Teams Security Baselines: External User Access
Spending 10 minutes or less on this will help your M365 environment be a little more secure
In Oct. 2022, CISA released a document called Microsoft Teams: M365 Minimum Viable Secure Configuration Baseline. This document outlines 13 steps to take to raise your Microsoft Teams environment to a minimum viable security posture. In this series, we’ll take a look at these 13 steps over a series of articles.
Baseline 4: External User Access
This baseline reads “External user access SHALL be restricted.”
What is it?
External user access refers to members of a different Microsoft 365 tenant, and by default they have the ability to find, call, and chat with people who have Microsoft identities, even if they belong to a different organization. It should be noted that “external users” only refers to those with a Microsoft identity. Users outside of your tenant who don’t have a Microsoft identity are referred to as “unmanaged users.”
Why is it bad?
When external user access is unrestricted, they are able to look up internal users and initiate chats and calls within Teams, which carries a high risk for phishing and social engineering.
What should you know before enforcement?
In legitimate use cases where you want to allow this ability for external users, it’s best to narrow the focus to which external users you want to allow, and allow them on a per-domain basis. The concern in a K-12 is that if you’re using Teams to hold meetings with parents or other stakeholders who don’t have accounts in the tenant, you may restrict legitimate access needs. To ensure that these users can still join a Teams call, anonymous join should be enabled. Likewise, if there are cross-district collaborations or vendor relationships that justify use of Teams as external users, provisions should be made to allow those external domains. It would be worthwhile to compile a list of domains you’d like to allow in advance of configuring these settings.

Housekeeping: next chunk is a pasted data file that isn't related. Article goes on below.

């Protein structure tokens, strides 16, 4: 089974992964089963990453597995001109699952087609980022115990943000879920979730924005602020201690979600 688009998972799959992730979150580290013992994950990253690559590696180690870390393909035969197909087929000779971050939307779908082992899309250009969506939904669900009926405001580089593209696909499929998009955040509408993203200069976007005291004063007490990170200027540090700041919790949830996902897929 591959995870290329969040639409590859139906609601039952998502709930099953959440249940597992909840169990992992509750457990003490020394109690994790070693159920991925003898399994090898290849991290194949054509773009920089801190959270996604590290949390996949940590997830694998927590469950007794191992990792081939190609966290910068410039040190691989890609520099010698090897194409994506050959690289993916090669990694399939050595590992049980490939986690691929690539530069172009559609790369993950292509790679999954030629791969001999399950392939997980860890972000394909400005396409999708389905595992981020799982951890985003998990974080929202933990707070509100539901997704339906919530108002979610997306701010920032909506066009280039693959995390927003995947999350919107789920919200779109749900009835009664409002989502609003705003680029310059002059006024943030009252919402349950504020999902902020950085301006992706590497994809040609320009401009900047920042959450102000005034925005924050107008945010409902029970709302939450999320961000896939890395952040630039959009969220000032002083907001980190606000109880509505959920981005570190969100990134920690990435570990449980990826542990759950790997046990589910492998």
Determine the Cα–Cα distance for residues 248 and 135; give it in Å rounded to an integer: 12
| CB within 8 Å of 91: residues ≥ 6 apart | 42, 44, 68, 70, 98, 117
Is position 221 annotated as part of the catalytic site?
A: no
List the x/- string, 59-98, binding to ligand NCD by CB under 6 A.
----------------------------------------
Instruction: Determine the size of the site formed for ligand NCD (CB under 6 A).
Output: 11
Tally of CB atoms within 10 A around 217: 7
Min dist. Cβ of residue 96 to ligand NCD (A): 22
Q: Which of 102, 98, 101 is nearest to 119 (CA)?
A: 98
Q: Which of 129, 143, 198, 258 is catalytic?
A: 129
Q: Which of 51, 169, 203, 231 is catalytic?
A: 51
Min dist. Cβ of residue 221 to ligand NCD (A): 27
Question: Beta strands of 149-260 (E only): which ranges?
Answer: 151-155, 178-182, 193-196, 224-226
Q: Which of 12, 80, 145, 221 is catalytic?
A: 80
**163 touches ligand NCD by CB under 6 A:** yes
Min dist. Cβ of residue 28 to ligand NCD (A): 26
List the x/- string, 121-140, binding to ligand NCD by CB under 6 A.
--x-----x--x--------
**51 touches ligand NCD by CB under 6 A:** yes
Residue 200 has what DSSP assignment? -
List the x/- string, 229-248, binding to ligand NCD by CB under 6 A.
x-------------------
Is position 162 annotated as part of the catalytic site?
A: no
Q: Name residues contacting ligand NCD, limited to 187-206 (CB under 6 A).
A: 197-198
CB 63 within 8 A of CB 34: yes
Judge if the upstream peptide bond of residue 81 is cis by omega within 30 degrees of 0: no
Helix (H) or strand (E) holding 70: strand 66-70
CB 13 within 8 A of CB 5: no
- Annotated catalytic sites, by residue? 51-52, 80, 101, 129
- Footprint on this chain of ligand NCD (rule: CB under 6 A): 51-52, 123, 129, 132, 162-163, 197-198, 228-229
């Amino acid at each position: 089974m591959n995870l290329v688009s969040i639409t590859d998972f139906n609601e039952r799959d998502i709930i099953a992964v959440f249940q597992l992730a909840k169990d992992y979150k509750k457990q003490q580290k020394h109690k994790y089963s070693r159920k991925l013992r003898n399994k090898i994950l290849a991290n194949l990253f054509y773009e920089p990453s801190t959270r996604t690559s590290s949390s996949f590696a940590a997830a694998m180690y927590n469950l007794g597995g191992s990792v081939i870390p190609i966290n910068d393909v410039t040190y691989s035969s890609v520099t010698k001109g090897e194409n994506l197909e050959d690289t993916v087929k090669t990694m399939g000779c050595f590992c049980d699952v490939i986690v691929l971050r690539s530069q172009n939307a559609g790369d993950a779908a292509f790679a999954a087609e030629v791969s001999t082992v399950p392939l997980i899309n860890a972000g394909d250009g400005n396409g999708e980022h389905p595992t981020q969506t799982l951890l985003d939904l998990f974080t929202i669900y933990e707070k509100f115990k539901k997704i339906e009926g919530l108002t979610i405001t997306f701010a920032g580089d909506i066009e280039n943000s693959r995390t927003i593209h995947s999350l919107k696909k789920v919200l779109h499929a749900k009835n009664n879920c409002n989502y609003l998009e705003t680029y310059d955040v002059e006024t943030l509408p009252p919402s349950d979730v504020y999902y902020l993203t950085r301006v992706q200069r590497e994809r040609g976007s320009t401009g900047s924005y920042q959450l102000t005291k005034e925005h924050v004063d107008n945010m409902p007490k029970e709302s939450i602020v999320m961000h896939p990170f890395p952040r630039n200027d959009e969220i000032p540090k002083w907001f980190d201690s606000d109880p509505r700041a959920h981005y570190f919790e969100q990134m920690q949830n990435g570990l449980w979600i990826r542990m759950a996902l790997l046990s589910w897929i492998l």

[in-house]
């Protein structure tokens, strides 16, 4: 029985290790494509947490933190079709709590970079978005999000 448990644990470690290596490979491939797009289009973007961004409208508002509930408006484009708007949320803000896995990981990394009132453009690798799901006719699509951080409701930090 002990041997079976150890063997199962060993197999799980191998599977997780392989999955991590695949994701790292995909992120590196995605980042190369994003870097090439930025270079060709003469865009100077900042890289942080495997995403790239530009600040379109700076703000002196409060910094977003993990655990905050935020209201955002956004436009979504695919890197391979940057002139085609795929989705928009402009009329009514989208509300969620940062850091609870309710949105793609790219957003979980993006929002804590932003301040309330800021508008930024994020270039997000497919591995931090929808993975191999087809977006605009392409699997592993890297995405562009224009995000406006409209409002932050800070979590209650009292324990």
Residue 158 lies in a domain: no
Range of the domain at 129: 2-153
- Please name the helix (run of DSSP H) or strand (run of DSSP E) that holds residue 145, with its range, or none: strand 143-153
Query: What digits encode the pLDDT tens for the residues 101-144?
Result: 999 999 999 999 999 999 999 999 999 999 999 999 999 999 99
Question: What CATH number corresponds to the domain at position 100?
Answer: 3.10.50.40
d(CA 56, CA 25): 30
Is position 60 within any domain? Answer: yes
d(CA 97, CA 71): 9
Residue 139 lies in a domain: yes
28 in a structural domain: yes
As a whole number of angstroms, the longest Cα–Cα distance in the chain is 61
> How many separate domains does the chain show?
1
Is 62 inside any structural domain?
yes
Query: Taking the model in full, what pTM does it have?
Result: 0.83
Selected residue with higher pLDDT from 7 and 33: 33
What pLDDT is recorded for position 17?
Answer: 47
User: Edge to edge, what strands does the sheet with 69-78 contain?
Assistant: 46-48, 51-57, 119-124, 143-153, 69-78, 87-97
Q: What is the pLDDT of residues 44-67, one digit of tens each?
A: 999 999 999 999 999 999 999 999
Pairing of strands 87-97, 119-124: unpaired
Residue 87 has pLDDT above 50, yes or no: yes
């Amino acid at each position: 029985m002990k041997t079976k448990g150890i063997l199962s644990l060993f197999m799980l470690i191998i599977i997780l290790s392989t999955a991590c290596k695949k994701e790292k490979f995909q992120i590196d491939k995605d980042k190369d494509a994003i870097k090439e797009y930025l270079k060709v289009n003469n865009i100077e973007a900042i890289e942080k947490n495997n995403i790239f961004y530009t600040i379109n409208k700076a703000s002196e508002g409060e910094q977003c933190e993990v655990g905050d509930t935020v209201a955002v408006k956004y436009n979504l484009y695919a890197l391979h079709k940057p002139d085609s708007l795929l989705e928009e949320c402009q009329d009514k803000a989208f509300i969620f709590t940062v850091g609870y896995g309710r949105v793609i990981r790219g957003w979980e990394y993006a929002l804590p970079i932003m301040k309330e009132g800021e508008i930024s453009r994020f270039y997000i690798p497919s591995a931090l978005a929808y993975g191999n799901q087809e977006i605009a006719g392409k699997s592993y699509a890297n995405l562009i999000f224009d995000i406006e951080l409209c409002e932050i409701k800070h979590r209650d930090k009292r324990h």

How do you enforce it?
Login to the Teams Admin Center (teams.cmd.ms) and navigate to Users —> External Access
Under “Choose which external domains your users have access to” select “Allow only specific external domains.”
This will bring up an interface to be able to allow and enter the desired domains. Any domain you don’t add in this step will be blocked.
I had the bright idea to add all of the school systems and the Department of Education in my state in order to prevent any possible issues. However, the domain entry is one domain at a time, and I didn’t want to manually enter all 148 domains, so I scanned the list and manually entered the dozen or so that I felt would be most likely.
To ensure external users are still allowed to participate in meetings, next go to Meetings —> Meeting Settings
Under participants, make sure “Anonymous users can join a meeting” is set to ON.
Note: The articles in the Security Baselines series aren’t being sent via the subscriber emails. Once the series is complete, I’ll be publishing a single article with links to all of the articles in the series.